But you were scared.  You saw your 401(k) balance nosedive and your future evaporate (or at least it seemed it was) right before your very eyes.  Hindsight tells you that you shouldn't have done a thing; simply waited.

And now, the stock market is moving in the right direction - albeit sproradically and in fits and jerks.  And behold, companies are talking about bring back the matching contribution.

When the 401(k) match returns, and it will, you might find it to be a different beast than the one that was canceled in the previous years. The 401(k) match, a perk or incentive to get you to invest in your retirement in the absence of a pension, disappeared as companies cut back on hiring, increased layoffs and looked for numerous ways to cut costs.

They knew -and in many cases still do – that those that have a job were likely to stay put. Even without the incentive that the matching contribution was, jobs weren’t readily available. In other words, folks stayed put because they had to, not because company B down the road was offering better benefits than company A.

Are we being too optimistic about the 401(k) match?

Paul Petillo is the managing editor of Target2025.com

Tuesday, February 9, 2010

Retirement Planning and Deficiency Judgments

Retirement is tricky enough without having to carry bad decisions into the future.  It is my greatest hope, particularly for those close to retirement, that your house is secure, with any luck close if not already paid for and there is no chance of foreclosure in your future.  But things happen and fates change.

Last Friday, on MomsMakingaMillion radio with Gina and Kat, the topic of deficiency judgments was discussed in the MoneyTips section of the show.  I know something about foreclosures and wondered if what was being discussed could be prevented and how.

In a previous article here, we looked at the possibility of walking away from your home. The obligation, we argued is one that involves two parties: lender and the borrower.  Every financial contract, we all know comes with obligations.  But exactly how those obligations are applied can vary from state to state.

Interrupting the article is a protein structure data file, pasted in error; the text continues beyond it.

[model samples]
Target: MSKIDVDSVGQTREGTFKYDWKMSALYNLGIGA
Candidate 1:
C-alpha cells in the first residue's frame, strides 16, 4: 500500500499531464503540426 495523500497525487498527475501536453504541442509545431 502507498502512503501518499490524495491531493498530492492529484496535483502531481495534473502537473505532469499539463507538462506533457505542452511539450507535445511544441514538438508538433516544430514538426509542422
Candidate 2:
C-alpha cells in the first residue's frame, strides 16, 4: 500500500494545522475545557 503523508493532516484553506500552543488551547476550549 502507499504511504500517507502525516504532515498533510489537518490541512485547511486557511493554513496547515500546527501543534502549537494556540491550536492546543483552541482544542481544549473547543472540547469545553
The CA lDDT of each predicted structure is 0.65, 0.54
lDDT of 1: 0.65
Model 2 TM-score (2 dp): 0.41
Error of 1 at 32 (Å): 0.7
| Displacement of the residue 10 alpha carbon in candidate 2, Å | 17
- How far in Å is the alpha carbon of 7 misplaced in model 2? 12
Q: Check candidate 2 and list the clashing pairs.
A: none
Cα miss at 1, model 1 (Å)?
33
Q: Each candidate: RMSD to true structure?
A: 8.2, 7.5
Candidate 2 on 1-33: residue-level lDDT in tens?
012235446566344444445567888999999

Gina, who resides in Nevada, gave fair warning to the homeowners in her state about the pitfalls of owing money long after you have been foreclosed.  Called a deficiency judgment (the only states that have no right for the lender on the books are Massachusetts, Mississippi, West Virginia and Delaware), this action theoretically allows the lender to pursue you for the balance of the loan due after the house has been foreclosed, .  While on the surface, this seems like an additional blow to your already decimated financial world, but there are steps that must be taken and certain rules that protect you.

Do you know about deficiency judgments?

Paul Petillo is the Managing Editor of Target2025.com

Tuesday, February 2, 2010

Should You use Annuities in Retirement?

Annuities are back in the news.  And the insurance industry is jumping for joy.  Should you?

The Obama Middle Class Task Force is looking to annuities as a way to make retirement just a little more secure.  While they have come up with numerous incentives, they should also consider a fixed lifetime tax on all retirement income up to a certain amount.  They have discussed this for the first $10,000 of annuity income but they could also extend this incentive to IRAs as well.  If the retiree (or future retiree) could determine how much of a bite taxes would take, they could better estimate how much they will actually get when they retire.  Currently, the assumption is that retirees will earn less and therefore be taxed at a lower rate.  Guaranteeing that rate will enable folks to project better. 

Unless you or the insurer passes away!  More on annuities at Target2025.com